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John Redmond, MP 1856-1918

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voltaire60
1 hour ago, Jervis said:


I agree the posts seems somewhat out of place and seems to be addressing issues that war not previously raised in this thread. However I would like to comment on this post, mostly in a urban context. 

 

There was compulsory purchase orders during the war. For example the Military authorities requisitioned all hay and fodder within a 10 mile radius of Dublin and fixed prices. The knock on affect caused starvation for the cities horses and cattle. The diaries were very hard hit and the output of milk dropped and pushed up prices, causing hardship of the city's poor. Consequently the infant mortality rate in the city rose. (From 141 to 155 per thousand). 

 

Restrictive government policy, additional importation and shipping costs (not to mention cost of loss due to German submarines), less bargaining power (relative to England) and good old fashioned war profiteering led to massive price inflation in Ireland and prices were significantly more expensive compared to the English market. e.g. The cost of Sugar near trebled in 1914 and cost 41% more than in London. All Basic food stuffs cost more in Ireland. Example price inflation on Bread (70%) meat (190%) potatoes (250%) between 1914 to 1917.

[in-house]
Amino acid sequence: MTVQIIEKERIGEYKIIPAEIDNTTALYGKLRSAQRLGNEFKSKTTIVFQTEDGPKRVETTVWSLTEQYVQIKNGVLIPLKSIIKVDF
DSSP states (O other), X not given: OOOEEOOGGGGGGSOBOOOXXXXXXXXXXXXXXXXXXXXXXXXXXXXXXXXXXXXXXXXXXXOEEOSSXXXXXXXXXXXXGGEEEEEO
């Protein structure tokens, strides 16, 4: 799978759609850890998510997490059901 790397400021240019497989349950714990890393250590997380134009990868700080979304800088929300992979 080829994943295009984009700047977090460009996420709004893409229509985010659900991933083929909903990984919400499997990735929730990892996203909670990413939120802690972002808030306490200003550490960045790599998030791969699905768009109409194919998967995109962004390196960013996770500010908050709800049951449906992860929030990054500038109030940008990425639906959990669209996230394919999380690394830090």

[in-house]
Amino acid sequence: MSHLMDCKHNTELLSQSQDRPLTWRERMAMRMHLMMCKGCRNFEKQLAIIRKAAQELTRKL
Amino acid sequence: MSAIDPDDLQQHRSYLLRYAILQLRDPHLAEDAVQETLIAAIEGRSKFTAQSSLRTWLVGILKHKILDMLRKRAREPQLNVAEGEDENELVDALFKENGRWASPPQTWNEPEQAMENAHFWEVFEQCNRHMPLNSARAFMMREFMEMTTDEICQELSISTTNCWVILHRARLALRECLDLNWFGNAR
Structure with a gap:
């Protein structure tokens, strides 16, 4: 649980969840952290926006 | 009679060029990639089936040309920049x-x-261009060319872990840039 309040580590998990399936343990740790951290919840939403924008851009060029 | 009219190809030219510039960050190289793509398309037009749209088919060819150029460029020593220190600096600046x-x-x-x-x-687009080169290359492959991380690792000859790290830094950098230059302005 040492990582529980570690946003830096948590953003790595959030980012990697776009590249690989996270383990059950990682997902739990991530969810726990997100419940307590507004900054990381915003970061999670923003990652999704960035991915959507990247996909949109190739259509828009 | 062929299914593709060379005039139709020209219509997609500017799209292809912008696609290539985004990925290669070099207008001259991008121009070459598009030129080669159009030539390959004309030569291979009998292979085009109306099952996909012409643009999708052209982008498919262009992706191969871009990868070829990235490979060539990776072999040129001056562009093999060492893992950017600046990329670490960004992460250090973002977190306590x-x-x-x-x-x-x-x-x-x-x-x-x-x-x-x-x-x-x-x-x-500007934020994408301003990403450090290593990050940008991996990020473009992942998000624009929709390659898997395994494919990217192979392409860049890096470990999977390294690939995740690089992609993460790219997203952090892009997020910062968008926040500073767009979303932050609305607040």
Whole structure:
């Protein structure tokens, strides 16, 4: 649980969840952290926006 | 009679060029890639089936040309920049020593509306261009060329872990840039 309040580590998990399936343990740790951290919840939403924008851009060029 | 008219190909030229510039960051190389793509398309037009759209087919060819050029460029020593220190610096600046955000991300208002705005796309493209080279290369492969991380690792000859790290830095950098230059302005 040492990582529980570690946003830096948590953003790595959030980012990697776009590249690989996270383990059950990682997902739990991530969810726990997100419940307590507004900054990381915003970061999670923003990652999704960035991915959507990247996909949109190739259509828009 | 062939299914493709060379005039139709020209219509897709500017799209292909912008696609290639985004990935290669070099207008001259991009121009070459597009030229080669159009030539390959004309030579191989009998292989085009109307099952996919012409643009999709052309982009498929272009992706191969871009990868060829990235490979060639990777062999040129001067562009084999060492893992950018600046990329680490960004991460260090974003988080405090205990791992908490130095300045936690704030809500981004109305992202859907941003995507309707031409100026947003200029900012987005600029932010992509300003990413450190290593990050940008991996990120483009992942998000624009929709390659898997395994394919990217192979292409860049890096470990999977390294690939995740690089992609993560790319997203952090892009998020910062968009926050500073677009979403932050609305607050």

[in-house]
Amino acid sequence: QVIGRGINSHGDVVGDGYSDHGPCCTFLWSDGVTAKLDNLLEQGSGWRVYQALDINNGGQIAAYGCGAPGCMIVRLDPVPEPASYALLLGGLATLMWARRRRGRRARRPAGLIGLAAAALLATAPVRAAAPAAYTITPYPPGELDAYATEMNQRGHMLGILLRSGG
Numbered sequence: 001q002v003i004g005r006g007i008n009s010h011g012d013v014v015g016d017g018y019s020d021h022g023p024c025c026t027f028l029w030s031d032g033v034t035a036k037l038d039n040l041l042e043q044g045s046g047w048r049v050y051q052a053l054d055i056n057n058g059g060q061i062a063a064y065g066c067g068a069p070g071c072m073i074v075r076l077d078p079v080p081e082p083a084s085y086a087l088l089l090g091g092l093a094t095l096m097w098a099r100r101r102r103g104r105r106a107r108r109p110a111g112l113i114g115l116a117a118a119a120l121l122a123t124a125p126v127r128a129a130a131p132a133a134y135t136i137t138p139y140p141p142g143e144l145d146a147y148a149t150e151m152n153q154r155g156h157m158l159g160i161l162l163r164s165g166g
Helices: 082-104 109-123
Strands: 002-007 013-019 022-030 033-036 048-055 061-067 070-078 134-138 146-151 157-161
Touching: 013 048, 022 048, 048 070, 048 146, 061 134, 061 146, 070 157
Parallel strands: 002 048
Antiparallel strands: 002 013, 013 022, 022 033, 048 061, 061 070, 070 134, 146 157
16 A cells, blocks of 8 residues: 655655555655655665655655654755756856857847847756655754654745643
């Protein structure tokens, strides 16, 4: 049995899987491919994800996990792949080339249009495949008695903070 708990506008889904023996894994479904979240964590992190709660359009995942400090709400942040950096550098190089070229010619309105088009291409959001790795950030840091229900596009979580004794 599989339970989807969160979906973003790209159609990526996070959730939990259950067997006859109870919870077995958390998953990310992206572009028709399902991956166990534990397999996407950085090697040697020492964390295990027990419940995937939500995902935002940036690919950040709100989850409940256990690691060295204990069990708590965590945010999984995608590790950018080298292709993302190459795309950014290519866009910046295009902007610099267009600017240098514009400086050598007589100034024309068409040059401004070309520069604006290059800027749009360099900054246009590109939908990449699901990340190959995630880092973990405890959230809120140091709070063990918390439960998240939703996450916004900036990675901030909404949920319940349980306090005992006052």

Inevitably public opinion was inflamed as cattle and horses starved to death. 
In 1916 the fodder crop awaiting export was set alight on the docks destroying 1,400 tons of fodder. 

 

Another point worth making is, as the Government mobilised to a war economy, non war industries were shut down. Outside of Belfast, Ireland had no war industry and was much harder hit by Government policy. All major employers in the cities were shut down (e.g. Guinness) creating large scale unemployment at a time of rising prices. This caused major hardship particularly among the towns and cities. Whether by accident or design the only obvious way out for most urban poor was the army and the coveted separation allowance for family men. 

 

All of the above created resentment against the military authorities and the War became increasingly unpopular as seen in the drop in recruitment from 1916 onwards. This resentment obviously carried over into the post war troubles.